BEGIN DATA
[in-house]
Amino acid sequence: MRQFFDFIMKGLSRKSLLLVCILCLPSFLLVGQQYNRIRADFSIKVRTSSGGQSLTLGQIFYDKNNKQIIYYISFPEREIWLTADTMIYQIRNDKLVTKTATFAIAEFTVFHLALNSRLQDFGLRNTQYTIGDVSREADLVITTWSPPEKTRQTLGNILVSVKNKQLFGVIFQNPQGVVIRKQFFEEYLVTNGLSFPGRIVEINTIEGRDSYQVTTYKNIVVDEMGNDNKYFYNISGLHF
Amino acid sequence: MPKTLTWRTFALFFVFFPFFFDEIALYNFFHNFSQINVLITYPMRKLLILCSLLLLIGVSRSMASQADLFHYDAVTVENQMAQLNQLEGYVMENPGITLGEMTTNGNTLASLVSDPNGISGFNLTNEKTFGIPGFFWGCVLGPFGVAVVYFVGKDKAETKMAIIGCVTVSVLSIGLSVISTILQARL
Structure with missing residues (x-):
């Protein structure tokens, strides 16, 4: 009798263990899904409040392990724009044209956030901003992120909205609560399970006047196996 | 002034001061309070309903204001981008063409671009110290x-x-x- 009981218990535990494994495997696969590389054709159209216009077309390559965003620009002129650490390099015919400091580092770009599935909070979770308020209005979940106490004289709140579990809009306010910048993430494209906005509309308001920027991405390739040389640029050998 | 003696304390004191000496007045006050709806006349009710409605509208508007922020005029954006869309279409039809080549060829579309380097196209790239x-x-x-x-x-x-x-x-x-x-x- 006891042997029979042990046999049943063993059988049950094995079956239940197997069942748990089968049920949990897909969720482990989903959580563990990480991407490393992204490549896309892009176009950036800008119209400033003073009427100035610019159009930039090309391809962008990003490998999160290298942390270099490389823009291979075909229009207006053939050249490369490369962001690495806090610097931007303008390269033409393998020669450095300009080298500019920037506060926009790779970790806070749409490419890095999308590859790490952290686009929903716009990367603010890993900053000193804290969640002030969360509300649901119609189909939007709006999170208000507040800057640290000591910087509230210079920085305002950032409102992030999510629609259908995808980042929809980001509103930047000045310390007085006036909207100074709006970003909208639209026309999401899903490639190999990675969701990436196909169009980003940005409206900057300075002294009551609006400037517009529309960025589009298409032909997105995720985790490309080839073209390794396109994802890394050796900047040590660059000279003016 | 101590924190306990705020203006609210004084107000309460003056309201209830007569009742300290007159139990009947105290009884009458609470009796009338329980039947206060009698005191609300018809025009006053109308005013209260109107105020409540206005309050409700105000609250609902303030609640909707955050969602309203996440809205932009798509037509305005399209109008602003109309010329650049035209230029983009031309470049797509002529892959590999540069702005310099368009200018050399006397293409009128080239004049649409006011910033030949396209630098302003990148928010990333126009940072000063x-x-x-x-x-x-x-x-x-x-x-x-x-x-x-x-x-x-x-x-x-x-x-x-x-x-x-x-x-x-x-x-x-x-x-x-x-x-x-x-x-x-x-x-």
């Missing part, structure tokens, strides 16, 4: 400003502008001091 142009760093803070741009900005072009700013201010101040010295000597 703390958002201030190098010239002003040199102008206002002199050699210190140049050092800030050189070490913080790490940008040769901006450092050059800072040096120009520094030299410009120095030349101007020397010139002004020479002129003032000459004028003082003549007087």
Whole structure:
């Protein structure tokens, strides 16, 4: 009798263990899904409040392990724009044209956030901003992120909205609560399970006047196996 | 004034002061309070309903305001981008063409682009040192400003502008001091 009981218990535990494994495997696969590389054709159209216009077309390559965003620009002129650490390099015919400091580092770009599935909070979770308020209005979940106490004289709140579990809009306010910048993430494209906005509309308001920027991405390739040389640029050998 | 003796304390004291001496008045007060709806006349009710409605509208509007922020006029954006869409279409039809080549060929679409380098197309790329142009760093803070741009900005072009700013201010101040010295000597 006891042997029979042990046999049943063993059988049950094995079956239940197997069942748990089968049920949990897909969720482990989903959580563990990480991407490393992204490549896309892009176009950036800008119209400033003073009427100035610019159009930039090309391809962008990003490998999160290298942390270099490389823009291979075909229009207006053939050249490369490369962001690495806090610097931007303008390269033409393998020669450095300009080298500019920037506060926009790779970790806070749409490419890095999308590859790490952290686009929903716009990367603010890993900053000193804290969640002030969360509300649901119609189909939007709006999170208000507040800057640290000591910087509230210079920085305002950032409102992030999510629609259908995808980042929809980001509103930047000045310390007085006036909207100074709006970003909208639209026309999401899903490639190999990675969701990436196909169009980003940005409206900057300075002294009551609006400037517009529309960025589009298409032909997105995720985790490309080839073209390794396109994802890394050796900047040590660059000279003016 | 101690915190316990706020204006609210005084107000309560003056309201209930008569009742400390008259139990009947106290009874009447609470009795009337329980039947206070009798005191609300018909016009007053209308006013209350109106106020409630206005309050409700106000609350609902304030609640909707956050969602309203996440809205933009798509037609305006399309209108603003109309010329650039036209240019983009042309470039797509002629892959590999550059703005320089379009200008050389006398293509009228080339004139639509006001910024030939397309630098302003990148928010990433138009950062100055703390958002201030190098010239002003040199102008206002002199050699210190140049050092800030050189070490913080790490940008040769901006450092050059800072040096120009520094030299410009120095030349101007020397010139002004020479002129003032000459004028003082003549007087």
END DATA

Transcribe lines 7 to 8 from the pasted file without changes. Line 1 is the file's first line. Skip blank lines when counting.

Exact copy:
Whole structure:
């Protein structure tokens, strides 16, 4: 009798263990899904409040392990724009044209956030901003992120909205609560399970006047196996 | 004034002061309070309903305001981008063409682009040192400003502008001091 009981218990535990494994495997696969590389054709159209216009077309390559965003620009002129650490390099015919400091580092770009599935909070979770308020209005979940106490004289709140579990809009306010910048993430494209906005509309308001920027991405390739040389640029050998 | 003796304390004291001496008045007060709806006349009710409605509208509007922020006029954006869409279409039809080549060929679409380098197309790329142009760093803070741009900005072009700013201010101040010295000597 006891042997029979042990046999049943063993059988049950094995079956239940197997069942748990089968049920949990897909969720482990989903959580563990990480991407490393992204490549896309892009176009950036800008119209400033003073009427100035610019159009930039090309391809962008990003490998999160290298942390270099490389823009291979075909229009207006053939050249490369490369962001690495806090610097931007303008390269033409393998020669450095300009080298500019920037506060926009790779970790806070749409490419890095999308590859790490952290686009929903716009990367603010890993900053000193804290969640002030969360509300649901119609189909939007709006999170208000507040800057640290000591910087509230210079920085305002950032409102992030999510629609259908995808980042929809980001509103930047000045310390007085006036909207100074709006970003909208639209026309999401899903490639190999990675969701990436196909169009980003940005409206900057300075002294009551609006400037517009529309960025589009298409032909997105995720985790490309080839073209390794396109994802890394050796900047040590660059000279003016 | 101690915190316990706020204006609210005084107000309560003056309201209930008569009742400390008259139990009947106290009874009447609470009795009337329980039947206070009798005191609300018909016009007053209308006013209350109106106020409630206005309050409700106000609350609902304030609640909707956050969602309203996440809205933009798509037609305006399309209108603003109309010329650039036209240019983009042309470039797509002629892959590999550059703005320089379009200008050389006398293509009228080339004139639509006001910024030939397309630098302003990148928010990433138009950062100055703390958002201030190098010239002003040199102008206002002199050699210190140049050092800030050189070490913080790490940008040769901006450092050059800072040096120009520094030299410009120095030349101007020397010139002004020479002129003032000459004028003082003549007087």